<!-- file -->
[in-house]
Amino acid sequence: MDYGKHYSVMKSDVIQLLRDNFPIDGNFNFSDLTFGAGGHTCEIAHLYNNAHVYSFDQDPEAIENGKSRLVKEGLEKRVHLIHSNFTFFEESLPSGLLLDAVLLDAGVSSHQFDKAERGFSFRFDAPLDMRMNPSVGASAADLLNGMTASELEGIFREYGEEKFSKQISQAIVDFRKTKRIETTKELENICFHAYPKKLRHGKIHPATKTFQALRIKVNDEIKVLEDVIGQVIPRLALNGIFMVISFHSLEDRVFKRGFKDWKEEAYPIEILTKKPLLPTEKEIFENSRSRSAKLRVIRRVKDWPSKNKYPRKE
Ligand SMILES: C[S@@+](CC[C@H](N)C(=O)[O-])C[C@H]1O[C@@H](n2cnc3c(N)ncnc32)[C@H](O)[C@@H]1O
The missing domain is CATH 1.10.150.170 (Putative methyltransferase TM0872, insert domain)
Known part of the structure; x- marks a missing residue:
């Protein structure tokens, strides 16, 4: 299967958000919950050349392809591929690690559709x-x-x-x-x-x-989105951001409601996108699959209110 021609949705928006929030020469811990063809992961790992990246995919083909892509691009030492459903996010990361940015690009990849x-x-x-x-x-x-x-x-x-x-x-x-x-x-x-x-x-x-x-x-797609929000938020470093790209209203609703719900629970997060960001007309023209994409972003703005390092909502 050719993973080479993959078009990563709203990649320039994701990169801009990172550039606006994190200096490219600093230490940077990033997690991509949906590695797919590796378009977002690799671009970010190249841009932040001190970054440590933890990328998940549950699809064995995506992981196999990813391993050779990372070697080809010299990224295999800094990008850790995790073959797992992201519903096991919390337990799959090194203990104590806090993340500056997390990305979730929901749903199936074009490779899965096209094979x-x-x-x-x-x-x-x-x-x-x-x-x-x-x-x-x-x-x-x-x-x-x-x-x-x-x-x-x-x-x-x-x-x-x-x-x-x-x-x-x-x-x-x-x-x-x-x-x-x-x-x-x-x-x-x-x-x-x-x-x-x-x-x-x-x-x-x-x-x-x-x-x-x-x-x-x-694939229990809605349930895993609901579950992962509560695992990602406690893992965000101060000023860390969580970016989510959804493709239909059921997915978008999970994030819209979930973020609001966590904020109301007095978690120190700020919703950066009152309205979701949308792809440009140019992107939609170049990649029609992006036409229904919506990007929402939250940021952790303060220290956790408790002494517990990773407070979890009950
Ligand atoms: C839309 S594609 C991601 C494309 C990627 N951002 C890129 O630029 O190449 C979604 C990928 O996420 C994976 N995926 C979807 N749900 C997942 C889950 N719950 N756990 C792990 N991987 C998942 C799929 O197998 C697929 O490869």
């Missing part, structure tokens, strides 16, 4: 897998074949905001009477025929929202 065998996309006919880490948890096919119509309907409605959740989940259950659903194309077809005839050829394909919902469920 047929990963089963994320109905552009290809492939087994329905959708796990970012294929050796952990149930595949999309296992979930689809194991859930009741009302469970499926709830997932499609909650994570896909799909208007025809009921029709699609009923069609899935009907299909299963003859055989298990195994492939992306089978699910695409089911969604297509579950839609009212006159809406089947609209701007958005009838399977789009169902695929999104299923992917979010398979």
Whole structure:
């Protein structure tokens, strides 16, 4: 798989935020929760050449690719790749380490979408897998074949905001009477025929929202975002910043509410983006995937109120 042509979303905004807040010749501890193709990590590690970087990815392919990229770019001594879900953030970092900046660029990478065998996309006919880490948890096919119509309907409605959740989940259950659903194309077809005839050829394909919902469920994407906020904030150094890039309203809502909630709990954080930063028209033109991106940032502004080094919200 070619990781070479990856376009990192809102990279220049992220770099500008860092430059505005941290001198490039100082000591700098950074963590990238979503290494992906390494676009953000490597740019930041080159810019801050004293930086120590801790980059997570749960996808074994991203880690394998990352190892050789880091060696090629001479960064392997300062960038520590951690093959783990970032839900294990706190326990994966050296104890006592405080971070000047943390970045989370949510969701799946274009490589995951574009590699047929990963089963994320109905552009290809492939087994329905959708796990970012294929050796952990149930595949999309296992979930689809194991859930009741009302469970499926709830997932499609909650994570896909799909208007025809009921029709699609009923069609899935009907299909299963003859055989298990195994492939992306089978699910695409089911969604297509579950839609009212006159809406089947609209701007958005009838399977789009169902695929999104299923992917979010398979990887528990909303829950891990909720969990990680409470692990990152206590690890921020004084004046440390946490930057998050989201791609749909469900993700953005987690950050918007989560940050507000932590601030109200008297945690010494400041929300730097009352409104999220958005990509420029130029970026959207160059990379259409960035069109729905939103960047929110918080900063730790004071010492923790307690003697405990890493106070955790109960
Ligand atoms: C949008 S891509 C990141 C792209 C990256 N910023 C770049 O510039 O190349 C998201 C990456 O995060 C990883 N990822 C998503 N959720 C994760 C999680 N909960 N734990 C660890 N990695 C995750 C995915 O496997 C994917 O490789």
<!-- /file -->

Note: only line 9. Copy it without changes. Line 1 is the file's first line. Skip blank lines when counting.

Whole structure: